Tesla price cuts in China stoke demand despite protests

Credit: Tesla Asia/Twitter

The price cuts issued by Tesla earlier this year in China are stoking demand, despite the current protests at Tesla locations in the country.

Over the past year, China has emerged as one of the world’s most competitive electric vehicle markets. The country has seen numerous offerings from countless brands, covering numerous price points and every vehicle segment you can think of. And in turn, Tesla has been forced to cut prices to remain competitive, and according to Tesla’s Chinese ordering site, these discounts may be enticing buyers despite the protests surrounding the controversial discount.

According to delivery times originally reported by Reuters, vehicles are now scheduled for delivery nearly a week longer than previously. Indicating that the recently lowered price may be enticing consumers.

The price cut in China is certainly substantial, revealing both why demand may be spiking and why local customers are protesting the recent change. The price cut can amount to as much as 13.5% of the purchase price of a base model vehicle, equating to as much as $5,300 off a base Model 3. And customers who missed the unannounced price cut by mere days may feel as though the rug has been pulled out from under them.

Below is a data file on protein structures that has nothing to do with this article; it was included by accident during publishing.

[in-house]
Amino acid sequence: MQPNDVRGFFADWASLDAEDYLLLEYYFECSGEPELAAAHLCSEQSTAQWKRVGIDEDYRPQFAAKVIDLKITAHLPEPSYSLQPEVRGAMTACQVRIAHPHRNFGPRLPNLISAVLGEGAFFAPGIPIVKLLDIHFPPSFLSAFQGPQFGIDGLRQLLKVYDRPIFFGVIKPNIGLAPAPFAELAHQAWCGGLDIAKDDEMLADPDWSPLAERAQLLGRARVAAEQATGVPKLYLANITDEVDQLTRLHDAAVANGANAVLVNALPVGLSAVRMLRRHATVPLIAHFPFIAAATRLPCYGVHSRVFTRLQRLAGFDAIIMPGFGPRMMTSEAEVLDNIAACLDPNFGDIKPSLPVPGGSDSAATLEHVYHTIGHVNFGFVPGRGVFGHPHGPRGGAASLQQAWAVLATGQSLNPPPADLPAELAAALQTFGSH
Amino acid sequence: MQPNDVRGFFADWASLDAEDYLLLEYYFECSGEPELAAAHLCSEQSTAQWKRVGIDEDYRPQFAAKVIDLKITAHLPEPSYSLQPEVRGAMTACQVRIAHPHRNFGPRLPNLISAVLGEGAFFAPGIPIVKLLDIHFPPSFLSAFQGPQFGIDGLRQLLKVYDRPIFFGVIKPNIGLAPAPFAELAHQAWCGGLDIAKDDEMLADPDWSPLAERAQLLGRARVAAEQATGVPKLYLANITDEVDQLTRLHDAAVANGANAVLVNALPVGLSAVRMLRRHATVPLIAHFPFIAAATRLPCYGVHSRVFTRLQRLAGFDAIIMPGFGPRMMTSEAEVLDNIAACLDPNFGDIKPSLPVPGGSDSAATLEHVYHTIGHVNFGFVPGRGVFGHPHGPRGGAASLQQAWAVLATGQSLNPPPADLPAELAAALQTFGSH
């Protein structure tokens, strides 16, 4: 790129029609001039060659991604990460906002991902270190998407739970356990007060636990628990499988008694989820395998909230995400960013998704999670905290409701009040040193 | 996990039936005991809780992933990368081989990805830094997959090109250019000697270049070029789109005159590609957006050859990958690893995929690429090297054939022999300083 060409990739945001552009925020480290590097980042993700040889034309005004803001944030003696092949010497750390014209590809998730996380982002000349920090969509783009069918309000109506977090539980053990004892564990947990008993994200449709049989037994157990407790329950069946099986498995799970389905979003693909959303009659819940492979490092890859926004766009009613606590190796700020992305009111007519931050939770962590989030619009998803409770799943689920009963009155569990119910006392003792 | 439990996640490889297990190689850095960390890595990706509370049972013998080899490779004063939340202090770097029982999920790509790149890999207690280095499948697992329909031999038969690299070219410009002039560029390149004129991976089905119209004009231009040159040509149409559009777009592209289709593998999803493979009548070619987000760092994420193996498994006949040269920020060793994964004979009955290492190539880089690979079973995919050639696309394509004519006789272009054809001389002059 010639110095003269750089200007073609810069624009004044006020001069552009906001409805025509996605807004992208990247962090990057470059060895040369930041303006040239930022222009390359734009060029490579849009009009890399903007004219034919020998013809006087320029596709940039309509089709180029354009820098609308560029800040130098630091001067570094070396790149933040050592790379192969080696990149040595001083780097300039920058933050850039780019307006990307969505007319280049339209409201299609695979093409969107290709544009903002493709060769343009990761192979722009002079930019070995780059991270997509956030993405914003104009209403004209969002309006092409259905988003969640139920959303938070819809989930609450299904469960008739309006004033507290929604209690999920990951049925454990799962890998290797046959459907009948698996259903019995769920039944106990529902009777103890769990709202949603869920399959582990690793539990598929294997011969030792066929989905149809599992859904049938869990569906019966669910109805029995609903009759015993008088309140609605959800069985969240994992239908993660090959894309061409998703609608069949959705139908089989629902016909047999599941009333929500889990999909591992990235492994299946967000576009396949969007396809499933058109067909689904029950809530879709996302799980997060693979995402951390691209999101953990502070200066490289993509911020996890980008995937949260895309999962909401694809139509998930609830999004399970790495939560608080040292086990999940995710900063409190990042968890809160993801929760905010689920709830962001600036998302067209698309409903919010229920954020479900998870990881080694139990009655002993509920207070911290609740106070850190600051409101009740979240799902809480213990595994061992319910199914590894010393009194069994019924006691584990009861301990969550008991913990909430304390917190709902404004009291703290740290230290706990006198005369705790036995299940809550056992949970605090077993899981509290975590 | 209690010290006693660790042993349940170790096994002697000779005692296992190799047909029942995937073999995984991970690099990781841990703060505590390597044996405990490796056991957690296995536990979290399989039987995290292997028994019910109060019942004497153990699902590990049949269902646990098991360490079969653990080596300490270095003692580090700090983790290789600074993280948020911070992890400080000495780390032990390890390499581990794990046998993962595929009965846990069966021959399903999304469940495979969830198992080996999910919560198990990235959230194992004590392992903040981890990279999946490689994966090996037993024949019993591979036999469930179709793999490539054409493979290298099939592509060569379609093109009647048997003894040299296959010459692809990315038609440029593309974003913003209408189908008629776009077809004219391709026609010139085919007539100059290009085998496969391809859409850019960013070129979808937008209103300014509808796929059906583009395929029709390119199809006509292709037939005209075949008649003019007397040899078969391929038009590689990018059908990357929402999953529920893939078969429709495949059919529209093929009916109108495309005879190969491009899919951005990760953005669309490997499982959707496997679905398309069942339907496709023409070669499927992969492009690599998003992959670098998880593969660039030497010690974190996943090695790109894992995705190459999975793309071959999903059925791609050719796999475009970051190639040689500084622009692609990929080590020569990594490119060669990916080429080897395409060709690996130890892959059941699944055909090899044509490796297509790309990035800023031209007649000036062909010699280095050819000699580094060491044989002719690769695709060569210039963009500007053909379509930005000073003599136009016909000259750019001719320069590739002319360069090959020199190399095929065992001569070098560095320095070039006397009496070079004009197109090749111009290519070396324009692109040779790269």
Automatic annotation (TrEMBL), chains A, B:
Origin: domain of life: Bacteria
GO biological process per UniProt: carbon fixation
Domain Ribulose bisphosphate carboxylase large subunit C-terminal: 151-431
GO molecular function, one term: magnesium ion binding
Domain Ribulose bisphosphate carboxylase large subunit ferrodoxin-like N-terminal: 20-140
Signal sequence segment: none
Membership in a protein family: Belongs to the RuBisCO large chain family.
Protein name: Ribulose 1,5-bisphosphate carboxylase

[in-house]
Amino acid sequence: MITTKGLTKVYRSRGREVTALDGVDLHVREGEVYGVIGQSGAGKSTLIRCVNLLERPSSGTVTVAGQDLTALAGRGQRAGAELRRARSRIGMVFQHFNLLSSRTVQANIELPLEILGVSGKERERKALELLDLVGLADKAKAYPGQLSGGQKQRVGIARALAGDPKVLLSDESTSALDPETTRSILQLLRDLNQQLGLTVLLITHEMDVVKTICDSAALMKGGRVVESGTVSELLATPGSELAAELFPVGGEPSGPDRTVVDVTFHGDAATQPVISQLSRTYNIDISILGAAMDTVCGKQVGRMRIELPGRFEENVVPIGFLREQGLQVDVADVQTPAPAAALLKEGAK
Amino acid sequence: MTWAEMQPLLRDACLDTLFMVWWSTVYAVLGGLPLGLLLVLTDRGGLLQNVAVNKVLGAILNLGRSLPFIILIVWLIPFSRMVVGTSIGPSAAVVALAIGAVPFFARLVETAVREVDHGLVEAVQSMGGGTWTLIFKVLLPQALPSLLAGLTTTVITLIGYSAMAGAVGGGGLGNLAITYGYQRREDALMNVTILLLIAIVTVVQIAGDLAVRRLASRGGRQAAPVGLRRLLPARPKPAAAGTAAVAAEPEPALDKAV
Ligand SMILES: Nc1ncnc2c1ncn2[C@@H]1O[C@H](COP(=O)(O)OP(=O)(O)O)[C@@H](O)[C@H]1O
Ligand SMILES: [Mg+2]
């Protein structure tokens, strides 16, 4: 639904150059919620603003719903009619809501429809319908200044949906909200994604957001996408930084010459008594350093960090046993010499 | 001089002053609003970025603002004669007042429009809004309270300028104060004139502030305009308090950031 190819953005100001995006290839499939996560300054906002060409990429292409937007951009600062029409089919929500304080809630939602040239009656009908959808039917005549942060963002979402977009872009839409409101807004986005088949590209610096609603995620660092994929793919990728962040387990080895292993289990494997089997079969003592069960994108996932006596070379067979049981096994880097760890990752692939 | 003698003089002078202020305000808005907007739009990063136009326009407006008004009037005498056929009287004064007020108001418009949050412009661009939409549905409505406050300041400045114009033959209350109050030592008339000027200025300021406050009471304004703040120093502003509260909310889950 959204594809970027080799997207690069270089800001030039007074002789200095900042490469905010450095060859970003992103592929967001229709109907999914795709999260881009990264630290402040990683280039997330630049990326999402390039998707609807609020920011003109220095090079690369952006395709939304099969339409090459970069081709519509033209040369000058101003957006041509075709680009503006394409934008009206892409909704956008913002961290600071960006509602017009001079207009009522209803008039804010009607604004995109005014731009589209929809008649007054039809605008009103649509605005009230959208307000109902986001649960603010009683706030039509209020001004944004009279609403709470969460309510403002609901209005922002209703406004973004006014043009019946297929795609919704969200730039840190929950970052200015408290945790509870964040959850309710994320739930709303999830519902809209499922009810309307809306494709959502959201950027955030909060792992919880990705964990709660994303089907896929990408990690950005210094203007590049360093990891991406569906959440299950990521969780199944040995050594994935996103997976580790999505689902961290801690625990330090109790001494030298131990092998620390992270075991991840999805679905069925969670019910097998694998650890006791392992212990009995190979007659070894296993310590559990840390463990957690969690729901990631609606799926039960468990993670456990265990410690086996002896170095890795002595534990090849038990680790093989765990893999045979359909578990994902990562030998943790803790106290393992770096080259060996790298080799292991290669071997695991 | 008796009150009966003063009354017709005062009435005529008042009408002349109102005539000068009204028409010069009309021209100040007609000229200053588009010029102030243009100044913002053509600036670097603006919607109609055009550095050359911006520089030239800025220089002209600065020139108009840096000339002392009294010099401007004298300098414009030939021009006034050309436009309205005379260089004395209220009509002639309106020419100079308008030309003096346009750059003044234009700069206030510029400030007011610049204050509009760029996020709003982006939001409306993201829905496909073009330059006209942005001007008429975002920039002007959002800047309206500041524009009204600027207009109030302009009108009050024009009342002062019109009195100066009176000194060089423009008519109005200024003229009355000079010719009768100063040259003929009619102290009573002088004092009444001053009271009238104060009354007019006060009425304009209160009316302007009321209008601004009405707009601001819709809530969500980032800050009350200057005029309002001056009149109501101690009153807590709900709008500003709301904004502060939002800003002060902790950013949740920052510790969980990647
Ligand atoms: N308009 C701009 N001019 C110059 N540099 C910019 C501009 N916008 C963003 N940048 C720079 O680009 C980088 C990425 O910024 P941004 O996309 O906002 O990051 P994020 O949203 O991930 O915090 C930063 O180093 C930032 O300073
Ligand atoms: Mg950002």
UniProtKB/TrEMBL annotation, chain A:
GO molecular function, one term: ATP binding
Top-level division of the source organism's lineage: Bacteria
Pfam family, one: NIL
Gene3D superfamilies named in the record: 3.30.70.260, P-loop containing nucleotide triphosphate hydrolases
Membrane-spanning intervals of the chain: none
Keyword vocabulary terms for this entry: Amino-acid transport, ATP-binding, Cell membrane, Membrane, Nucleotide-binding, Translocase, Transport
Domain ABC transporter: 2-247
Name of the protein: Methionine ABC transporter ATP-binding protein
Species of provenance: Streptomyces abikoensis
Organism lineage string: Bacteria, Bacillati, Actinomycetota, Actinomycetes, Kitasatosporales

While Tesla has yet to respond to protesters in China, the protesters have made their demands clear via posters and posts on social media. Protesters in Shanghai gave Tesla staff a list of 4 demands; apologize to customers for the unnannounced price cut, provide 62,000 free supercharging miles to customers who missed the discount by only a week, provide a free full-self-driving upgrade to affected customers, and provide points to the Tesla profiles of previous customers in further compensation.

According to comments made by Tesla staff late last week, they promised protesters that they would have a response available by Tuesday this week, though it is unclear if that promise will be met.

As noted by analysis and translation from CarNewsChina, this is far from the first time Chinese customers have aired their grievances with the American automaker. Perhaps one of the other most notable protests was regarding alleged “brake failure” that many believed Tesla was either hiding or ignoring. This problem got so bad that local news began to call the vehicles a potential hasard, despite no evidence of the brake failure becoming available.

It remains unclear how the conflict between the Chinese consumers and Tesla will be resolved or if any resolution will be reached. Nonetheless, it is clear that despite the protests happening, the sheer size of the Chinese market has meant that many consumers are still seizing the opportunity to purchase a Tesla at a lower price than normal. And who knows, maybe some of those sweet price cuts will head toward American shores in the new year.

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Tesla price cuts in China stoke demand despite protests
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